The philosophy of parks
What do our abandoned playgrounds say about who we were- and who we are?
Prince George used to have more tennis courts per capita than any other city in Canada.
There are a number of theories for why this is. One is that Desmond Park, the city planner in the 60s and 70s, was a tennis fan himself and so when he was adding new subdivisions he made sure a court was included. Another is that the federal government had a lot of grant money to give towards tennis at the time, and the city was happy to take it.
Looking at parks is an ideal way to gain insights into a city’s history. In the 70s people in Prince George loved tennis, and so a lot of tennis courts were built. Today, they don’t, and grass grows through the broken pavement of places where the game is no longer played. In 2013, city council voted to reduce the number of courts it maintains from 63 to 34. Priorities changed.
Along with tennis courts, neighbourhood parks had a major boom in the 60s and 70s. The design philosophy of the time was that everyone should be able to walk to a nearby playground, and so neighbourhood parks popped up everywhere. The smallest, known as tot lots, were basically squeezed onto whatever leftover green space could be found.
Malaspina Park in College Heights is the perfect example of a neighbourhood park. There’s a playground with a merry-go-round, slide, monkey bars, teeter-totter, and swings. Beside that, a ball diamond, another popular sport of the decade.
Prince George is no longer the boomtown it was when the park was built. At the time it was on its way to being the second-largest city in the province, and every expectation was it would hit 100,000 by the 21st century. Instead, the population stagnated at around 80,000, and in recent years has been slowly declining. Its residents are aging and as schools shut down, new seniors’ residents open.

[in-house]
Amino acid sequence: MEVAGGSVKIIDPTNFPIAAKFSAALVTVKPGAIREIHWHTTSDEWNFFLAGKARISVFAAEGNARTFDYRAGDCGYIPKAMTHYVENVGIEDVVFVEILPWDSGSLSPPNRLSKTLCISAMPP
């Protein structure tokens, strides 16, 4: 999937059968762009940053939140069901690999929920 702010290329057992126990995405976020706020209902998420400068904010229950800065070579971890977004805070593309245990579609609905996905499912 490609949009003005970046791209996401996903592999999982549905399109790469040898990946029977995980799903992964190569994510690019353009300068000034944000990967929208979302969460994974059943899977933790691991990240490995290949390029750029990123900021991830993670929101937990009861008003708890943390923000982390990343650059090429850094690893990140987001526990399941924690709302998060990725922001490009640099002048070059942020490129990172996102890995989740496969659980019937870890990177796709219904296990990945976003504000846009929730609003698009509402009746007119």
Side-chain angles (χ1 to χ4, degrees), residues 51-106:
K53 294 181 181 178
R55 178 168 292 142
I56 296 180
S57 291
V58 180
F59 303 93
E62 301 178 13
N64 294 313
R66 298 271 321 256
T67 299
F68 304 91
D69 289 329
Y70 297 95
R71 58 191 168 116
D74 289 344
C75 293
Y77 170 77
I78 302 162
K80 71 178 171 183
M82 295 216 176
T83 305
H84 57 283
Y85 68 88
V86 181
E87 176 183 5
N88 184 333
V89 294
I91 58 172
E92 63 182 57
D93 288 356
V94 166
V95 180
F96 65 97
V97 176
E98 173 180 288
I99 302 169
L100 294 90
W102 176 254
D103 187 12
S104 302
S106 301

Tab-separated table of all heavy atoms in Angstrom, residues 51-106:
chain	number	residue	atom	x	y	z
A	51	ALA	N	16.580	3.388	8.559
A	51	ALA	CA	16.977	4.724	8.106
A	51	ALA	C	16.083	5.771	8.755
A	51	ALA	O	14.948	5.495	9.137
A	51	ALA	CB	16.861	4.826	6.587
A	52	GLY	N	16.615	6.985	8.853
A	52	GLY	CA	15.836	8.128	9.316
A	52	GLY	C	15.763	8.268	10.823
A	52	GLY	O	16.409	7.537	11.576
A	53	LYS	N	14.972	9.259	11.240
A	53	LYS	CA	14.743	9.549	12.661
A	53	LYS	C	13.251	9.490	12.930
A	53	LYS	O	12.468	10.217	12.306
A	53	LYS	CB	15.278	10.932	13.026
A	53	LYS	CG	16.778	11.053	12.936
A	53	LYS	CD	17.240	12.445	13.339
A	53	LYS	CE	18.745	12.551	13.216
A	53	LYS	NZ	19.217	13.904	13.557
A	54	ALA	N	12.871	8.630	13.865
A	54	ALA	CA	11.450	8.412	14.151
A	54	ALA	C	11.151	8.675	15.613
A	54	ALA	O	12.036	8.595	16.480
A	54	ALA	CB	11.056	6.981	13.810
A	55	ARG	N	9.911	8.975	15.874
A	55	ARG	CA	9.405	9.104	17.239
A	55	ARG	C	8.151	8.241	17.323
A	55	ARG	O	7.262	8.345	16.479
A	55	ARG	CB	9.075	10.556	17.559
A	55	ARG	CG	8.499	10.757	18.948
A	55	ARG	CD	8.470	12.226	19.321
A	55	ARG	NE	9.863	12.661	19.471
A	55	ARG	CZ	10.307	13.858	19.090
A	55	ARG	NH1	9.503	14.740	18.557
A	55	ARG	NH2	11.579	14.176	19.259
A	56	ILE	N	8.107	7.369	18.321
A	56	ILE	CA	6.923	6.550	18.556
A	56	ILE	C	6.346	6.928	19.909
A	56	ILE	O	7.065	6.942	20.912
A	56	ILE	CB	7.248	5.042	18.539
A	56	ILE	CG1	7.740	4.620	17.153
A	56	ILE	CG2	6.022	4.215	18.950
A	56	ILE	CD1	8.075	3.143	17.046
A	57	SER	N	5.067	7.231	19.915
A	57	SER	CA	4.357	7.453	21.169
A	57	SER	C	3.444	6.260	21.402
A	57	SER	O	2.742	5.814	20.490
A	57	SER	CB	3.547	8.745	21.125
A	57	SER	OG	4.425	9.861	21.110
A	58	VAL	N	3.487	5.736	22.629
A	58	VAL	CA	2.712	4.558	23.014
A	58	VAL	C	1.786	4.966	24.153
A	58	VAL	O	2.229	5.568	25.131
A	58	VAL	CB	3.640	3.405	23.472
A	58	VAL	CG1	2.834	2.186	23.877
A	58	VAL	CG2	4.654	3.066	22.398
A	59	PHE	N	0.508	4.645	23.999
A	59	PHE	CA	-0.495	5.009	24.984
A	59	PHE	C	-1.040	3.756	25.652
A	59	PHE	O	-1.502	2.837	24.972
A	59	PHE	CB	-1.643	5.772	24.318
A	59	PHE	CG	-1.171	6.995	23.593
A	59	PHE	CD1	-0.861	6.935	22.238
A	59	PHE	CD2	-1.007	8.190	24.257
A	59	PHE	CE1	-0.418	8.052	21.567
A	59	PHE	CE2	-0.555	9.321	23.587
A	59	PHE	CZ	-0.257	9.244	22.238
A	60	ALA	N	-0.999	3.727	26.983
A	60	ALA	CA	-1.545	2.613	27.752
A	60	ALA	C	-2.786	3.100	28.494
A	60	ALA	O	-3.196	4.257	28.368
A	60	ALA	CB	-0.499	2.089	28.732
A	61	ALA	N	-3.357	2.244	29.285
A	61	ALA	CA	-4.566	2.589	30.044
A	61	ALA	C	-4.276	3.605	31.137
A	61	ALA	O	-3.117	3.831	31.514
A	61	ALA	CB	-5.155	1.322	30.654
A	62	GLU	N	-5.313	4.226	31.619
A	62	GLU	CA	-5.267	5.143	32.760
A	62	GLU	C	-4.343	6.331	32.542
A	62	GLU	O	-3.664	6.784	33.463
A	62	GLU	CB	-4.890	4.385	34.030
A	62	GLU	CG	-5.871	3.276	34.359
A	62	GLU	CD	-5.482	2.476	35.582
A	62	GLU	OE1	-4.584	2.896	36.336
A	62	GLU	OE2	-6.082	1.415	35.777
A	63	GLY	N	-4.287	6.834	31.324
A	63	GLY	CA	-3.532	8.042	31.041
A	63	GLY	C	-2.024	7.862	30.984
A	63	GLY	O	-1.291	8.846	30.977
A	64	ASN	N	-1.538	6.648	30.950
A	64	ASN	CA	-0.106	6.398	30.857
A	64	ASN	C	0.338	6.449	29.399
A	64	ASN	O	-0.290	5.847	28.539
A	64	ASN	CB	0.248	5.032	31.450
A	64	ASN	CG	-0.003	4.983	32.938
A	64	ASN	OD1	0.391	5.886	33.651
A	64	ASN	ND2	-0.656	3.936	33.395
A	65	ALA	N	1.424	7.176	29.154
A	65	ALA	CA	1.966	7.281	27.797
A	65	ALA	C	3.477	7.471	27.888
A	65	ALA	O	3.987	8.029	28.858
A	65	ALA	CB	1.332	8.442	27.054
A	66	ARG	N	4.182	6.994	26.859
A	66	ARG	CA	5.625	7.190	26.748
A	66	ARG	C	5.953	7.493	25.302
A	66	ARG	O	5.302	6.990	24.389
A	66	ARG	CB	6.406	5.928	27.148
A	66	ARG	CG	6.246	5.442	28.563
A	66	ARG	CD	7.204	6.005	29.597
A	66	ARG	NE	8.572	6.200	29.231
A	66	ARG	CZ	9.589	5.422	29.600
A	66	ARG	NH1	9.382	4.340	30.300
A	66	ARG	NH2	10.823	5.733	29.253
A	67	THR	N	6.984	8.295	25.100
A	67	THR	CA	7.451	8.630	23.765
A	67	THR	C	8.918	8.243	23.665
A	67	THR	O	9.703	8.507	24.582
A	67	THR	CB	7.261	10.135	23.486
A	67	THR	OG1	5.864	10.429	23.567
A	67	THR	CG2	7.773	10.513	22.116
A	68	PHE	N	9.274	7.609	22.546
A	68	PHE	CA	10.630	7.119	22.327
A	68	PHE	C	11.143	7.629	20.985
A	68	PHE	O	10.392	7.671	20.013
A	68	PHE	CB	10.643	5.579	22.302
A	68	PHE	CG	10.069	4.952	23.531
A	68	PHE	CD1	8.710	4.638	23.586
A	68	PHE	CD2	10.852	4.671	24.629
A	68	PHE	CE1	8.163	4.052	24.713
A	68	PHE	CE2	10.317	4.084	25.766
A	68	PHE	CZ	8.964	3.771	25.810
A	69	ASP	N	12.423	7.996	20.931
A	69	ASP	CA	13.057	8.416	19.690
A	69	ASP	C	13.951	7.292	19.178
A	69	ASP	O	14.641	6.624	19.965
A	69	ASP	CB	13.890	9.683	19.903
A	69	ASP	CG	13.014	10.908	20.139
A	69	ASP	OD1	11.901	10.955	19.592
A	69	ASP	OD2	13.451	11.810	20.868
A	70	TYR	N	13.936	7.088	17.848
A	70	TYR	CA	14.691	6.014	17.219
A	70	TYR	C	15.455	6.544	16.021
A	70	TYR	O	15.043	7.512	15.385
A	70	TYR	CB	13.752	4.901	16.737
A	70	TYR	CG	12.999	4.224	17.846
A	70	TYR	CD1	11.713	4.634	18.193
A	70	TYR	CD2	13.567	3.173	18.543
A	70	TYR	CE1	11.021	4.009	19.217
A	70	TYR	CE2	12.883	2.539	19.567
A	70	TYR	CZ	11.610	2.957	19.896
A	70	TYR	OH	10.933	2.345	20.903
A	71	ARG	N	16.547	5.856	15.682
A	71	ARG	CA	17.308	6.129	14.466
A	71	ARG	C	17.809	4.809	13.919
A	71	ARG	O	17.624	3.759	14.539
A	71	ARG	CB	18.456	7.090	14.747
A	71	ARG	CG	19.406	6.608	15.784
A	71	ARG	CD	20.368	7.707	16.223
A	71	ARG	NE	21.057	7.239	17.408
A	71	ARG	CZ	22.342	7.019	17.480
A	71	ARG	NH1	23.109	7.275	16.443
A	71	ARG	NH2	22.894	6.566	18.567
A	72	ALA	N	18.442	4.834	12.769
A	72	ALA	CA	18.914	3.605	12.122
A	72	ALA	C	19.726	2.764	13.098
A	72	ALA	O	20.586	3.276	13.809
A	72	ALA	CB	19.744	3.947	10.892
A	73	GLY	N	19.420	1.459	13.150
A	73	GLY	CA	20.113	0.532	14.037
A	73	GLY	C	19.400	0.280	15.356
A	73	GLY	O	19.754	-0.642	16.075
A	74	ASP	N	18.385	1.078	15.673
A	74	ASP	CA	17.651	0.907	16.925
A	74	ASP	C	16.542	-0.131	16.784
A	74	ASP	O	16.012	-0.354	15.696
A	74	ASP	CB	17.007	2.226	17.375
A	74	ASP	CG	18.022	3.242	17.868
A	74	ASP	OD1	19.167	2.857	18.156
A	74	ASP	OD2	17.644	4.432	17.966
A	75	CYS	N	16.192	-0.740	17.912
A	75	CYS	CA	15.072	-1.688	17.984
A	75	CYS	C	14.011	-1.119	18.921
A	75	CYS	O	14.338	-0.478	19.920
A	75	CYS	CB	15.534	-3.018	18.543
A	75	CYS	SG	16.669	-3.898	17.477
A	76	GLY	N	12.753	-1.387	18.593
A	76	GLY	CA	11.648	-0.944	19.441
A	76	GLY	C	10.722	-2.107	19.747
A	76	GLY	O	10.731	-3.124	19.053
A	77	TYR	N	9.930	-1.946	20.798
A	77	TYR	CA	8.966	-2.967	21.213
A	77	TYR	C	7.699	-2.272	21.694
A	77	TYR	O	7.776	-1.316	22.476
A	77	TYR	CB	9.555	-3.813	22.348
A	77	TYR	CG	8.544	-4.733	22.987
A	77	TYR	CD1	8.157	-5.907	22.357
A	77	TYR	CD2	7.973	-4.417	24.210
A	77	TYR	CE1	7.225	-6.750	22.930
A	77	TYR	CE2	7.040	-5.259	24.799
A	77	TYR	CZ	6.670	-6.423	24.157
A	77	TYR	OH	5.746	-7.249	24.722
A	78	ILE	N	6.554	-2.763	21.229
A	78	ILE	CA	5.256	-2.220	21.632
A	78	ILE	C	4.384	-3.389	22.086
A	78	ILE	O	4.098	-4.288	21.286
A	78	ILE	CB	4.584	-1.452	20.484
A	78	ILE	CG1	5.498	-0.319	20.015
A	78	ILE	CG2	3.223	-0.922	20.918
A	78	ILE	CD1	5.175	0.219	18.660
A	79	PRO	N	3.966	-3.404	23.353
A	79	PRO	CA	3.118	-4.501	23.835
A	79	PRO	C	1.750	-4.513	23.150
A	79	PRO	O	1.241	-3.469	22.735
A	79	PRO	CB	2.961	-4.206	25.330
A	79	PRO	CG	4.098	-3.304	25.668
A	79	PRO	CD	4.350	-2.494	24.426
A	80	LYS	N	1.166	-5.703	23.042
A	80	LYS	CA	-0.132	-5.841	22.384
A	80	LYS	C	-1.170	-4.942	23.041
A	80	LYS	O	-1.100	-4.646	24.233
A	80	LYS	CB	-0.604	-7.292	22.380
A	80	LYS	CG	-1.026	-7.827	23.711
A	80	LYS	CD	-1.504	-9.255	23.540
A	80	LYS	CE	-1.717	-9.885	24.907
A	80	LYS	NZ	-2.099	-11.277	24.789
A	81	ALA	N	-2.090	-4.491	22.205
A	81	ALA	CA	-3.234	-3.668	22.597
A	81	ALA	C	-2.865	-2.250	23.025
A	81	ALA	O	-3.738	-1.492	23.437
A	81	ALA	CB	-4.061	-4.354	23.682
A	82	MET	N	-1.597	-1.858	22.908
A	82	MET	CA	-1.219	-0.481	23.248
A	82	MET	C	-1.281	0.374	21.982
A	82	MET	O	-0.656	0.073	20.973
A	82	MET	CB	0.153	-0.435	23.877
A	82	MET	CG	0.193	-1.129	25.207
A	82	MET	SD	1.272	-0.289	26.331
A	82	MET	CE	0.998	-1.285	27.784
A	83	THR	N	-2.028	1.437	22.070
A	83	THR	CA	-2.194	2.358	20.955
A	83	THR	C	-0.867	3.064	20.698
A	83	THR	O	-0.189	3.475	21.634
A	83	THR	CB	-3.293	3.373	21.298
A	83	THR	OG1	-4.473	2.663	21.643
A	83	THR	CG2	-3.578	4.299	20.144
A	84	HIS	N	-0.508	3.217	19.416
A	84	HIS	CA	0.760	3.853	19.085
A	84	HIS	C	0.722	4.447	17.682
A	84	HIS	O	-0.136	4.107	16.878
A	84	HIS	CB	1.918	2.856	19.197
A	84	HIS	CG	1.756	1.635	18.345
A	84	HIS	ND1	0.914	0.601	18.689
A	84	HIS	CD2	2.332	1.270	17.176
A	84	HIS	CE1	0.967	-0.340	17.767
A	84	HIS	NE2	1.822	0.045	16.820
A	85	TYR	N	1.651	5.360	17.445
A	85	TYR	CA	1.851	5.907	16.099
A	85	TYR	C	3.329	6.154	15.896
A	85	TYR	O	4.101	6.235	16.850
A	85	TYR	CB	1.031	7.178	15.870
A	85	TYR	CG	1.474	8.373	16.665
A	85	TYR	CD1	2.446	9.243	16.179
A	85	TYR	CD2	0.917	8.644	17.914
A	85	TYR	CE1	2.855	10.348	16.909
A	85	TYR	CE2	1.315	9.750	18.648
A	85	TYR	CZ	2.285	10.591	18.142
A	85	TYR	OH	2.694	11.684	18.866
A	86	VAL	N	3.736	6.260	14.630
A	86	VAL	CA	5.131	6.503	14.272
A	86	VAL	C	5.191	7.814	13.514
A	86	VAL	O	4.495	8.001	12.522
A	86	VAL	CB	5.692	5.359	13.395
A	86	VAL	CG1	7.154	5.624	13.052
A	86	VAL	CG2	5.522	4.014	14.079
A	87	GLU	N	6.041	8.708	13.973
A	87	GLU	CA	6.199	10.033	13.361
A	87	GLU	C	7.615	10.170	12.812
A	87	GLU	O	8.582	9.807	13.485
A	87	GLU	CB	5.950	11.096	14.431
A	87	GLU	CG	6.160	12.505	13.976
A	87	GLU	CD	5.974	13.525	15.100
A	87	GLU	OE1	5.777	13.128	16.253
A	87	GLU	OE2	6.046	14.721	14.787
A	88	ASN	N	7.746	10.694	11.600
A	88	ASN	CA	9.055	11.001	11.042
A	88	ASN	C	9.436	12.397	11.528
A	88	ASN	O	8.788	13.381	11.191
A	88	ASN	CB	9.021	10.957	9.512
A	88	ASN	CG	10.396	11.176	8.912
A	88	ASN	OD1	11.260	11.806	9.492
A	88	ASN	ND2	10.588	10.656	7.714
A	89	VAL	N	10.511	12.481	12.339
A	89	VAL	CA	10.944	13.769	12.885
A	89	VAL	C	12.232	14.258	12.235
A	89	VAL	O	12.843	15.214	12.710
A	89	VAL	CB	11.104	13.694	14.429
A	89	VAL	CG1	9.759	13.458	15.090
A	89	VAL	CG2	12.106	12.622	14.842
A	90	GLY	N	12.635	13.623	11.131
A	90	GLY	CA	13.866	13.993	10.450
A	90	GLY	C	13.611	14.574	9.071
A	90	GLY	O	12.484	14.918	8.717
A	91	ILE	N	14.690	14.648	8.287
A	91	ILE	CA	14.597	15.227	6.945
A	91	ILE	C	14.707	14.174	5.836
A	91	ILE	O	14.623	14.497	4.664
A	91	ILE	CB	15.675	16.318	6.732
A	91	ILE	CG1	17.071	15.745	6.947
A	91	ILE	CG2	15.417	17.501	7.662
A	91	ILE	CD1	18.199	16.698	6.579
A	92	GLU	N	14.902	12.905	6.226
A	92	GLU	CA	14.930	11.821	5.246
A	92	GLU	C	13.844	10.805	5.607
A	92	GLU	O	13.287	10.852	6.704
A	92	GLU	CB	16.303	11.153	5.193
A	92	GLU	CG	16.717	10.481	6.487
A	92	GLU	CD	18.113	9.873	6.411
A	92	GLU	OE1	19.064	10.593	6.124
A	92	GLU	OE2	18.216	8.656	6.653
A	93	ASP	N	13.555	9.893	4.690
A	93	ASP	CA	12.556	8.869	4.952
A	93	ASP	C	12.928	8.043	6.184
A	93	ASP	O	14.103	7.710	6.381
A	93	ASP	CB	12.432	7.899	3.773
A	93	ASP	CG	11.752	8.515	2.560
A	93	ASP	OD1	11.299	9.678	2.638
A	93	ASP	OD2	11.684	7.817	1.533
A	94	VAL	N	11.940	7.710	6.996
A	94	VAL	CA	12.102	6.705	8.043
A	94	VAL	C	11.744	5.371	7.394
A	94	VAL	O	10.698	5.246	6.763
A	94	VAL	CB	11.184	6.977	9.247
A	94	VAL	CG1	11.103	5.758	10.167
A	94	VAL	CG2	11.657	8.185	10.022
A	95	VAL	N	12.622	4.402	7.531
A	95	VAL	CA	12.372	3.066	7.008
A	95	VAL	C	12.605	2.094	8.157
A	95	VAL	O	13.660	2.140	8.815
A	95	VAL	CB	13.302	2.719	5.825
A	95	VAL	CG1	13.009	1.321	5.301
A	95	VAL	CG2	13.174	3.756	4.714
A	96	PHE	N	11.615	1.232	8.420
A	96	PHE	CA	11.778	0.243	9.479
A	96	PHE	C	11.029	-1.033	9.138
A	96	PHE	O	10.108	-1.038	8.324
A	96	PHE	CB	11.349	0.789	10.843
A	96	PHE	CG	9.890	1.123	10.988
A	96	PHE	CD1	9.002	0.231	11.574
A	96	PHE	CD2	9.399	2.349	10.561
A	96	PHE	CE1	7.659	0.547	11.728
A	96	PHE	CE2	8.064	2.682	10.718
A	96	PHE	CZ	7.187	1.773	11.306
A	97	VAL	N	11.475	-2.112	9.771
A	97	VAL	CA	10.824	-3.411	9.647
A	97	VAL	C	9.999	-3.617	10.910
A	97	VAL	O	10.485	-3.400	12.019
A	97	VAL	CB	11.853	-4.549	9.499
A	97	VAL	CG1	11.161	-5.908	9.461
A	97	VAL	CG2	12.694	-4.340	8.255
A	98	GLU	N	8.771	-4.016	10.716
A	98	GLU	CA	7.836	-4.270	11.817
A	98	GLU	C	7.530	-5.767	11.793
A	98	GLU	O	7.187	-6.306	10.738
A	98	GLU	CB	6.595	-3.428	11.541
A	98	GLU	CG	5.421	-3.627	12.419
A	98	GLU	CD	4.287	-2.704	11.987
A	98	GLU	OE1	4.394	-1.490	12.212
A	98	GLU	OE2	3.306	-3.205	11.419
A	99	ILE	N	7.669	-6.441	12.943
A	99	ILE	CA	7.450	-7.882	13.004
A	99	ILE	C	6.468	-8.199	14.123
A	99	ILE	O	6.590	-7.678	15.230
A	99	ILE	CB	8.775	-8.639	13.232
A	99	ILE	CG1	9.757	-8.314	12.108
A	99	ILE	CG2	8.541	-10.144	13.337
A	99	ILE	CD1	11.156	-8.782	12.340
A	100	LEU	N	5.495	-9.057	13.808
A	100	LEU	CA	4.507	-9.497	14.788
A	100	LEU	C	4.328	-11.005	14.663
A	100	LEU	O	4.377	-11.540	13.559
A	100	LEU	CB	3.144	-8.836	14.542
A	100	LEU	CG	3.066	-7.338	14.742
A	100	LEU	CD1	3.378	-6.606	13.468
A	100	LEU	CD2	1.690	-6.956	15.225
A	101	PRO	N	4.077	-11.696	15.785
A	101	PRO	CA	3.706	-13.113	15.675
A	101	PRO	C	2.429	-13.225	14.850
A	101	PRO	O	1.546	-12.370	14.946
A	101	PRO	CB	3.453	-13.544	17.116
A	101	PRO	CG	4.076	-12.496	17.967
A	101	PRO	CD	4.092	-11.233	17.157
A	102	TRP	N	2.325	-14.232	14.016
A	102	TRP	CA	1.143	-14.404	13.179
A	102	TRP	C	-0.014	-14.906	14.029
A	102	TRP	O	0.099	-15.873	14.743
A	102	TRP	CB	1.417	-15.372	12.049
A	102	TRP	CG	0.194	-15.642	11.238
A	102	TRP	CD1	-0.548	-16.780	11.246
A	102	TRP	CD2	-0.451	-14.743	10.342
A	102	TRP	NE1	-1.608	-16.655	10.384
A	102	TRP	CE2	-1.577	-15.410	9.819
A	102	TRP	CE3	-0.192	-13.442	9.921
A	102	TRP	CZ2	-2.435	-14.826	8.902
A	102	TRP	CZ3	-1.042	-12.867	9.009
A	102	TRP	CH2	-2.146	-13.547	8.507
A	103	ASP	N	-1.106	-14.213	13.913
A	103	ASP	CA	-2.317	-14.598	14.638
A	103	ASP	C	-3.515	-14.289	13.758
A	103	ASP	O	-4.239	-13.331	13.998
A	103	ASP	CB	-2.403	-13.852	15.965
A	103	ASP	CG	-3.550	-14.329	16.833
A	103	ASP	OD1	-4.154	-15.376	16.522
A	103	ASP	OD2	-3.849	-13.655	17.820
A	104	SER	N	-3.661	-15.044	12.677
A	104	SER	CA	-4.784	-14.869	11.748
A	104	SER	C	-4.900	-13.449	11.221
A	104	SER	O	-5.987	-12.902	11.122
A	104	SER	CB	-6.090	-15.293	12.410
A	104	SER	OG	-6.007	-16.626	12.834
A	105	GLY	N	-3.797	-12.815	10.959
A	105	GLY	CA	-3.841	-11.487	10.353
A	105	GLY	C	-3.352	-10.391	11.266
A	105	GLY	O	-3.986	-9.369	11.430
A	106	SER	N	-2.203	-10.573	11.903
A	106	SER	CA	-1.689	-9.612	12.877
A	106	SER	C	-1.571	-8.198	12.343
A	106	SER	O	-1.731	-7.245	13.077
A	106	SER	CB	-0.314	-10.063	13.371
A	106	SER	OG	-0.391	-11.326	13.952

The merry-go-round in Malaspina was once the sign of a neighbourhood full of children and families. Today, it sits at a twenty degree angle, layers of paint built up over forty years rubbed away. Rather than hosting a game among friends, the ball diamond is being used as an impromptu enclosure for a woman playing fetch with her dog. The space is being adapted and reclaimed by its lack of use.
Which isn’t to say there’s no demand for kid-friendly playgrounds anymore. A fifteen-minuted drive and I’m in Duchess Park, the newly-built destination park in the Crescents neighbourhood, just outside of downtown. You can see the new design philosophy here- artificial turf is on the ground. Instead of the metal of Malaspina, this playground is plastic. Nothing spins too fast or goes too high. There are tennis courts nearby, used by the adjacent high school, but there’s also a small BMX track. Right now, a group of toddlers are running over the jumps and hills.
The first person I talk to is a father of two who lives closer to Malaspina Park than he does to here. He comes here twice a week. He’d like to go to a playground near his house but… well, I’ve seen the state of Malaspina. The next person runs a daycare near Rainbow Park, another playground with metal and a merry-go-round. The third person came here from the Hart with her son. She also wishes something like this were closer to home. Instead, she makes the drive.
Times are changing, and so are parks. The city has launched a series of public meetings, online survey, and app in order to figure out what people want out of their green spaces today. Should the merry-go-round of Malaspina be fixed, replaced with a plastic playground, or abandoned all together? How much are we willing to pay so people don’t need to drive in order to access a Duchess-style park? Tennis courts, dog runs, or skate parks? Every one of these questions speaks in some small way to our interests and values, what we think a city should look like and be navigated. The result will be another layer of history, a clue about who we were for residents walking around forty years from now.
Note: I also did an audio version of this story with interviews. Listen to it here.
Originally published at andrewkurjata.ca on April 27, 2016.